Regal 'Hellboy' dinosaur discovered in Alberta

Canadian scientists have unearthed a nearly complete skull belonging to Regaliceratops peterhewsi, a newly discovered dinosaur species characterized by its crown-like frill.

Julius T. Csotonyi/Royal Tyrrell Museum, Drumheller, Alberta/ Reuters
An artistic life reconstruction of a new horned dinosaur scientists named Regaliceratops peterhewsi in the paleoenvironment of the Late Cretaceous of Alberta, Canada released on June 3, 2015. Scientists had a heck of a time getting the remarkable fossil of the dinosaur they dubbed "Hellboy" out of the hard limestone along a Canadian river bank where it was entombed for 68 million years, but the diabolic task proved gratifying.

Adorned with sharp horns and a bony shield, Regaliceratops looks suited for battle. But researchers say this newly-discovered dino was probably more into courting than combat.

After a grueling, drawn-out excavation, scientists from the Royal Tyrrell Museum of Paleontology have announced the discovery of a new dinosaur species, Regaliceratops peterhewsi. Its unique features, described Thursday in Current Biology, could provide evidence of previously unseen evolutionary trends.

About a decade ago, geologist Peter Hews discovered a striking, 5-foot skull along Alberta’s Oldman River. Researchers had to excavate carefully, since the 68-million-year-old specimen was lodged in dense rock, precariously overlooking the (environmentally protected) river below. They nicknamed the fossil “Hellboy” – a nod to the two small horns above its eyes, and to the difficulty of the excavation.

Regaliceratops was a herbivorous relative of the instantly-recognizable Triceratops. Like its cousin, it boasts a bony shield behind its head, two horns above its eyes, and one horn on its nose. Unlike Triceratops, Hellboy’s nose horn was remarkably long. The horns above its eyes, by comparison, were “almost comically short.” Its shield featured rows of bony plates, giving it the appearance of a crown.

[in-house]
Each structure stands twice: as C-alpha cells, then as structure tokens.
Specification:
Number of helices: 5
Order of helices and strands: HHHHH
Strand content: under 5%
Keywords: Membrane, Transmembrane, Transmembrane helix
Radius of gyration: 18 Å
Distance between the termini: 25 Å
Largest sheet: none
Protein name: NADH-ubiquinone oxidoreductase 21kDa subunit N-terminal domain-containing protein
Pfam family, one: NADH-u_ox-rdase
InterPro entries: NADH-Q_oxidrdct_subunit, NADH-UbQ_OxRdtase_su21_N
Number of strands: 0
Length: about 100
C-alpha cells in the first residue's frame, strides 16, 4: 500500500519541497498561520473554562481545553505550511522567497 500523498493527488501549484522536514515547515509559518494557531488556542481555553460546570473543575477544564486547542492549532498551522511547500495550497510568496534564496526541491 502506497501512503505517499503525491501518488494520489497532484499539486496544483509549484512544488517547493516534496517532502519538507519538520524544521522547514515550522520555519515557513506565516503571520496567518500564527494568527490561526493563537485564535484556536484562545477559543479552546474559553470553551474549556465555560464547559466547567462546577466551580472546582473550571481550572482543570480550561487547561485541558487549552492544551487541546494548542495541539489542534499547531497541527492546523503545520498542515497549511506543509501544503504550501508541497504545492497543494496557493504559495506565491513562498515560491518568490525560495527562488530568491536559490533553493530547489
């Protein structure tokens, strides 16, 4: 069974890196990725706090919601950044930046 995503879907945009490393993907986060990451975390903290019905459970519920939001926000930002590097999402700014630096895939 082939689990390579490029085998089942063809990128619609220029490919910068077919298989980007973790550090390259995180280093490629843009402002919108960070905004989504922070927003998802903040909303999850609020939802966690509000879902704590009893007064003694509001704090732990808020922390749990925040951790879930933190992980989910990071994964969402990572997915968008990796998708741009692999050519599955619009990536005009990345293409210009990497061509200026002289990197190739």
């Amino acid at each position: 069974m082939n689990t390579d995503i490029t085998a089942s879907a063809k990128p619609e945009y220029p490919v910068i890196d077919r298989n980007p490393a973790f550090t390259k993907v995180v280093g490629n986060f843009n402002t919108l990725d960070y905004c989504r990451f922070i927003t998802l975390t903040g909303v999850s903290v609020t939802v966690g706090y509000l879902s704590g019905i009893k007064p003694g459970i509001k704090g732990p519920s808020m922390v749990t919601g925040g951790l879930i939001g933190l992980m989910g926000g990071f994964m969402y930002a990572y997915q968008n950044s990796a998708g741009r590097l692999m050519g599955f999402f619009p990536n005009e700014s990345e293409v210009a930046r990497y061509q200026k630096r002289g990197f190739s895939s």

At one time, paleontologists believed that ceratopsid dinosaurs used their cranial features to protect themselves from predators. But not likely, according to lead author Caleb Brown.

“When the first horned dinosaurs were found – this was Triceratops – we thought these were probably used for defence,” Dr. Brown told the Calgary Herald. “You have these iconic images of Triceratops doing battle with Tyrannosaurus rex. [But] the more horned dinosaurs that we find, the less the explanation of defence makes sense. There are a number of species where their horns would be pretty much useless in defence.”

Brown and other researchers now suggest that the horns and shields of ceratopsid dinosaurs were actually for show. They may have functioned as “billboards,” allowing individuals to communicate or attract potential mates.

Horned dinosaurs are divided into two groups: Chasmosaurines and Centrosaurines. Chasmosaurs possess long frills, a short horn over the nose, and long horns over the eyes. Centrosaurs possess short frills, a long horn over the nose, and short horns over the eyes. But Regaliceratops breaks this rule – it was definitively a chasmosaur, but with a cranial structure resembling the then-extinct centrosaurs.

In other words, Regaliceratops represents the first case of convergent evolution in horned dinosaurs. Both groups developed similar features independently of each other, and Hellboy probably isn’t alone in that regard.

“This discovery also suggests that there are likely more horned dinosaurs out there that we just have not found yet, so we will also be looking for other new species,” Brown said in a press release.

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